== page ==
Opinion: With Gold Line opening, Metro needs to see what’s driving millennials to hop on board

Train lover Joshua Cota, 6, of Baldwin Park, waves as the new Metro Gold Line extension passes by during testing at the new Monrovia Station Square on March 2.

Train lover Joshua Cota, 6, of Baldwin Park, waves as the new Metro Gold Line extension passes by during testing at the new Monrovia Station Square on March 2.

(Allen J. Schaben / Los Angeles Times)

It’s finally happening.

Metro’s much-anticipated 11.5-mile extension of the Gold Line, stretching from East Pasadena to Azusa, is officially opening this weekend. In only two months, the Expo Line extension to the Santa Monica beach makes its debut. In the years to come, the new Crenshaw-LAX line, the “Subway to the Sea” under Wilshire, as well as various other regional developments, will give Los Angeles one of the most comprehensive public transit networks in America.

I’m a millennial college student — and if national trends are to be believed, I should be thrilled at this impending feast of transit options.

Millennials are the force behind the nation’s shift to lower driving rates. A third of millennials list public transit availability as a top factor in choosing where to live. Ride San Francisco’s Bay Area Rapid Transit or New York City’s subway and you’ll see no shortage of young people. In Seattle, where I’m from, teens and twentysomethings regularly hop on the bus downtown to avoid parking fees and the stress of driving in traffic.


Metro is hopeful that the $12 billion it expects to spend over the next decade will get young Angelenos like me out of their cars and stem the recent tide of declining ridership. After all, by the time L.A.’s grand transit plans finally come to fruition, we’re the ones who will be doing the commuting.

But I have to admit, despite my generation’s embrace of public transit, I’m skeptical about whether we’ll be on board with L.A.’s mass transit plans. My experience in this city tells me young Angelenos — even transplants like myself — ride public transit, but only as a last resort.

Something about L.A. is different.

During my first week of college four years ago, I tried to rally friends to take the $1.25 Big Blue Bus to Santa Monica with me. The few who agreed, after insisting that the system was unreliable and not worth it, stood stiff on the bus, uncomfortable sharing space.

Would the convenience of an expanded rail network change minds about the suitability of the city’s transit? I called around to students at four local universities to see.

Austin Bruns, a 20-year-old film production major at Loyola Marymount, took his first ride on L.A. public transit last summer, when he had an internship in Culver City. Bruns didn’t have a car at the time, so he found two buses he could take from Westchester to his office every day. Online estimates told him the trip would take 40 minutes, just 20 minutes more than the projected driving time.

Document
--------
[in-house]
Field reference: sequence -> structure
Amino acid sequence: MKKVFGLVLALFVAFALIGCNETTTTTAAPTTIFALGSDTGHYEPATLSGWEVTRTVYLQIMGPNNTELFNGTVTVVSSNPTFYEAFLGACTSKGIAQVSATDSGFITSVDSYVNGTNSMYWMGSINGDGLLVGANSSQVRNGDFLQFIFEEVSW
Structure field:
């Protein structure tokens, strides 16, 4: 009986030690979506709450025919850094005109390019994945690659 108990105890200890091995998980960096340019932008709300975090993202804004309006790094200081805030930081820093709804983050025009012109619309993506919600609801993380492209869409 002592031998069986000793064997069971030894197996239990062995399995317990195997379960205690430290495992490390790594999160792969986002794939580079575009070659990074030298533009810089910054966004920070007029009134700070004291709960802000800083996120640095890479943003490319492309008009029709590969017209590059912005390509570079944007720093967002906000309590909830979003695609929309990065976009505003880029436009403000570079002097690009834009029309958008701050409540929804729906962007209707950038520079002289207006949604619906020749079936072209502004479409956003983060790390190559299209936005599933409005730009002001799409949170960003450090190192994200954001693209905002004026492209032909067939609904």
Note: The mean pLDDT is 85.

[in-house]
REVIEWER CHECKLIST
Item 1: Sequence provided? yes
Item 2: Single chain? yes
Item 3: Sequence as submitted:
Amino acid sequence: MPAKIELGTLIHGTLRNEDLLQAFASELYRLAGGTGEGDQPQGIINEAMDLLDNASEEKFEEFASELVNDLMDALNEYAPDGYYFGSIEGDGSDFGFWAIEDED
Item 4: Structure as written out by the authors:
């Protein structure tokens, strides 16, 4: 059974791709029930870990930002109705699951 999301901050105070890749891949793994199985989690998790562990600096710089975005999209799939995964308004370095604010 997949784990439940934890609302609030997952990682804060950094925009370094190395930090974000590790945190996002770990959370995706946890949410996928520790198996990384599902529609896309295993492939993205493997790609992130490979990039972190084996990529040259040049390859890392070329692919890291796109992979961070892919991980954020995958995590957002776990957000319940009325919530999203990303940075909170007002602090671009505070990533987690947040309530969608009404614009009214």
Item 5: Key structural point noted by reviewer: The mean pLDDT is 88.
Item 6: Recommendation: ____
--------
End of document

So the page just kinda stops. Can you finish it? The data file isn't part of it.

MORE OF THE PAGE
He was optimistic — the internship experience was worth the long commute. But with the wait time and scheduling inconsistency of the buses, his trek took two hours each day.


“There were days that I would come to work close to an hour late because of the bus not being there on the times it said it was,” Bruns said.

The experience soured him on public transit in L.A.

Now a junior, Bruns has a car. With the stability of driving, he’s been able to extend his work hours. Plus, gas is less expensive than his bus tickets were.

Azusa Pacific University students I spoke with, on the other hand, were excited about their new Gold Line station. Scott Ecklund, a 23-year-old MBA student, said it will mobilize him to travel to L.A. and Pasadena more often.

Will that be true a year from now, however? Despite an initial buzz around the Expo Line when it first opened in 2012, Abby Slovick, a 22-year-old USC student, said she now drives her car to work and elsewhere.

Most students without cars “would rather just Uber,” Slovick said.

At UCLA, 20-year-old psychology major Melissa Zuluaga doesn’t have a car — but she only takes public transit if she has exhausted all other options.

“If transportation got more modern, like 3G Wi-Fi in the bus, or nicer seats,” she said, “I feel like millennials would start using it more.”


Even though I still take public transit when I visit my hometown of Seattle, I’ve used it very seldom in L.A. since my freshman year experiment with the Big Blue Bus. For me, the appeal of a transit system is its efficiency. If Metro could guarantee consistent arrival times and solutions that could beat car traffic, I’d happily use its services.

Whatever millennials need from a transit system — whether it’s real-time updates, convenient stops, price incentives or Wi-Fi — Metro would be wise to tune into it. If Metro planners can’t hack the needs of college-age Angelenos now, it doesn’t bode well for L.A.’s transit future.

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